It’s 3:00 a.m.

Filed Under (autism, Safety, Sleep) by Estee on 16-08-2010

I am writing this at 3:00 a.m. I left Adam’s room at approximately ten o’clock hoping he would go go sleep. I know I did, but I suddenly woke up at two. I was hoping to fall back to sleep but decided to heed some sage advice and not fight it. I’ve heard that if you cannot go back to sleep, just get up and do something else. The sleep will come.

Sleep is a huge issue for many of us. I remember three years of complete sleep deprivation after Adam was born: three hours of soothing and rocking him alone in a dark room, creeping out of his room on all fours because the floors were creaky and would wake him, only to have him wake up every hour and a half anyway. I remember feeling tired, frustrated and this certainly had an effect on the way I interacted with Adam in the early years, and I didn’t even get a reprieve by way of a naptime. I tried to “Feberize” him to no avail.  I was always flabbergasted that Adam could keep on going on such little sleep. Later on, we discovered Melatonin  which is the only thing that usually helps him fall asleep when he is particularly wired, except for these monthly anomolies where it has zero effect, and I have not discovered the reason specific to Adam.

As I began to quietly descend the stairs in what is typically called the dark night of the soul, coined by F. Scott Fitzgerald,  I hear Adam mumbling softly to himself — quite a change from the infant and toddler days when he would cry.  In fact, my office is directly underneath his bedroom and I can hear him moving about contentedly right now.

I write this because it’s another feat in our coexistence as two different kinds of people. It used to be that Adam would make much more noise and I would spend hours trying to settle him. Perhpas because of experience, knowing that autistic cicadian rhythms have been reported to be different in autistic individuals, I have decided on an alternate strategy: not to fight it. I am teaching Adam how to stay alone in his room quietly and do other things. It still requires some of my effort, my reminding (and perhaps some dark circles under my eyes in the morning), but I know it will be worth it as he is growing and maturing.  As he grows older, he will be able to use this time to read, study, work on the computer, but right now I would hesitate putting him on the computer because he will gear him up rather than wind him down.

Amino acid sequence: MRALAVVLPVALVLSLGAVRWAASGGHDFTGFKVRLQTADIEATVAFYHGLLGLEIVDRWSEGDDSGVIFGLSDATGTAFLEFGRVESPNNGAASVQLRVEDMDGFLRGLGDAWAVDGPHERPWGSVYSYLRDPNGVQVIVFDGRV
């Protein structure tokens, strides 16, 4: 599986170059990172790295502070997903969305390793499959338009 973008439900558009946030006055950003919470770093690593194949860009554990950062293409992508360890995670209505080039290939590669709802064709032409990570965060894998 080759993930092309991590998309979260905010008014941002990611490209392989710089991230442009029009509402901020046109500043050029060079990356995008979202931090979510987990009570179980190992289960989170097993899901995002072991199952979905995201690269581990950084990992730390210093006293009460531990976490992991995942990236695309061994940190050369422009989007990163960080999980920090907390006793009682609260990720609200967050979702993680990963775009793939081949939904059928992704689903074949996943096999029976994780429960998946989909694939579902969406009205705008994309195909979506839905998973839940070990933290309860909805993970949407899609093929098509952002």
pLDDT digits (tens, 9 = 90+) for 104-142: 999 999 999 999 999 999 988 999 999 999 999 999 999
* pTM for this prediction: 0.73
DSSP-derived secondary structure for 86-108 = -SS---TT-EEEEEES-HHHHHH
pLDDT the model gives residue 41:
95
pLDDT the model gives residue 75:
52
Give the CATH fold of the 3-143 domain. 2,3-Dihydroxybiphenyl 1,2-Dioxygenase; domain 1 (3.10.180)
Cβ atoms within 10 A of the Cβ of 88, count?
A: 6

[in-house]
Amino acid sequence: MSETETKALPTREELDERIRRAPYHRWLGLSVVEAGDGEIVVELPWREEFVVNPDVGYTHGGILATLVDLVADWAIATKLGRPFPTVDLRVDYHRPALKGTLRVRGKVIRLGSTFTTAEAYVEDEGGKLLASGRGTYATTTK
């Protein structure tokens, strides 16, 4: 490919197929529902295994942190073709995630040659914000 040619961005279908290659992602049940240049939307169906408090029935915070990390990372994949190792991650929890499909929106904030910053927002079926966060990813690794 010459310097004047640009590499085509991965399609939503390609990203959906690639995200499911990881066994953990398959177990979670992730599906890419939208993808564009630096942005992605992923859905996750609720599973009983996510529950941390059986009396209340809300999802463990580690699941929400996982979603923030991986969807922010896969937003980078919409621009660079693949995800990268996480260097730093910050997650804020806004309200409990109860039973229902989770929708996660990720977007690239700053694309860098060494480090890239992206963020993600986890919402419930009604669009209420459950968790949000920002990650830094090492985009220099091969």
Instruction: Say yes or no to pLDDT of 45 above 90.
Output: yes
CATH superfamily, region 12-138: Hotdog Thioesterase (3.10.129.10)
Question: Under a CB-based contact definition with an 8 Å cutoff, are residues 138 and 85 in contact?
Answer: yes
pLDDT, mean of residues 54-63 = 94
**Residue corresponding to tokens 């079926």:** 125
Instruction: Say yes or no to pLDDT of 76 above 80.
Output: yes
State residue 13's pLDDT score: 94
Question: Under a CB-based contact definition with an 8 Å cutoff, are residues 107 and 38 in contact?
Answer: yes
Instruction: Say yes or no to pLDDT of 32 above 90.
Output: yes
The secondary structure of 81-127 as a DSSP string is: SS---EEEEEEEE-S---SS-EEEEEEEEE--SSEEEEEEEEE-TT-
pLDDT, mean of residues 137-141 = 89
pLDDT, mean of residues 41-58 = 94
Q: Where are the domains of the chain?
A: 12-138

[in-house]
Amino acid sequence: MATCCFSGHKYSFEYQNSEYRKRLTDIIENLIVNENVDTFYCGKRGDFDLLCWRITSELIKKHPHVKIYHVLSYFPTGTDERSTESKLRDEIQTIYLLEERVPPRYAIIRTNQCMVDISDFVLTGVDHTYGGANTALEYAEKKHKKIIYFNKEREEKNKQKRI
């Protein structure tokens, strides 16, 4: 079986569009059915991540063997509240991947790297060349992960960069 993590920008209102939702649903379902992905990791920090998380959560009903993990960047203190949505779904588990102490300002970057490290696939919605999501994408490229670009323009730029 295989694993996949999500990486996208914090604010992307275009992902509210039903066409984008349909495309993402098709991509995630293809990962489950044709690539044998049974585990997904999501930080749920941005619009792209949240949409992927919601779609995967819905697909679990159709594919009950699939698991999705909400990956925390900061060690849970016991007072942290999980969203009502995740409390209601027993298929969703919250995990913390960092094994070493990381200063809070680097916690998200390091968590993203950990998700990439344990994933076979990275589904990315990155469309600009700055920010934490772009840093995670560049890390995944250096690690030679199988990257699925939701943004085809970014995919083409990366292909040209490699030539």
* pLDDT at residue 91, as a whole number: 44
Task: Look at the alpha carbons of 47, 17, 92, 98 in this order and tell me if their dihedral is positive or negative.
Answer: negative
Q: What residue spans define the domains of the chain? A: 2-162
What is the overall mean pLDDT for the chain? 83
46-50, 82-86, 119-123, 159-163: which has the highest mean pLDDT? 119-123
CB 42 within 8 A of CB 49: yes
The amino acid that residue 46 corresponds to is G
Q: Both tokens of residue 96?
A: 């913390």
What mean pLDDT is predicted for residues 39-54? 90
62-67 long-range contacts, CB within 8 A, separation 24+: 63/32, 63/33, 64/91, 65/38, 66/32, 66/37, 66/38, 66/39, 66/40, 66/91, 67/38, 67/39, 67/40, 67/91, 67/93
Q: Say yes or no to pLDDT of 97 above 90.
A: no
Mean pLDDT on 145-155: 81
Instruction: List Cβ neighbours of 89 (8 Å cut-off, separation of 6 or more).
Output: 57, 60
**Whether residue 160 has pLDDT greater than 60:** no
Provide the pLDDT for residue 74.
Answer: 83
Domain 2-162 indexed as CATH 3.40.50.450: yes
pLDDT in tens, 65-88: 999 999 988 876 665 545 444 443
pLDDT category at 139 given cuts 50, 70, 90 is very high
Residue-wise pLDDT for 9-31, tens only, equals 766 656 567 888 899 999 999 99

This happens to Adam about once a month, I’ve recorded. He seems to wake at 2:00 a.m. and he goes to camp or school and has, usually a fabulous day while I am otherwise dreary-eyed. Still, I am discovering that I too am developing a remarkable energy that I didn’t think I had before. It’s amazing how things don’t feel as difficult if we try to work with the circumstances. In fact, I planned on reading and writing a bit before I realized that Adam was awake.  I’ve ensured that the house is safe in the event I do doze off and he decides to roam, and this might be in large part why I can relax.  So far, Adam stays in his room.

I suppose the only thing is my sensitivity to Adam. I didn’t think I  heard him at two, although I must have. It would be nice to know thatI can sleep through the night while he does what he has to do….safely. We’re getting there.

I sit here writing sort of amazed at how far I’ve come in this. Another milestone, perhaps, not for Adam, the autistic child, but for Estee, the autism mom. It’s past three a.m. now. The dark night will quickly turn to dawn.


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About Me


I’m a PhD candidate at York University, Critical Disability Studies, with a multi-disciplinary background in the arts as a curator and writer. I am the Founder of The Autism Acceptance Project (, and an enamoured mother of my only son who lives with the autism label. I like to write about our journey, critical issues regarding autism in the area of human rights, law, and social justice, as well as reflexive practices in (auto)ethnographic writing about autism.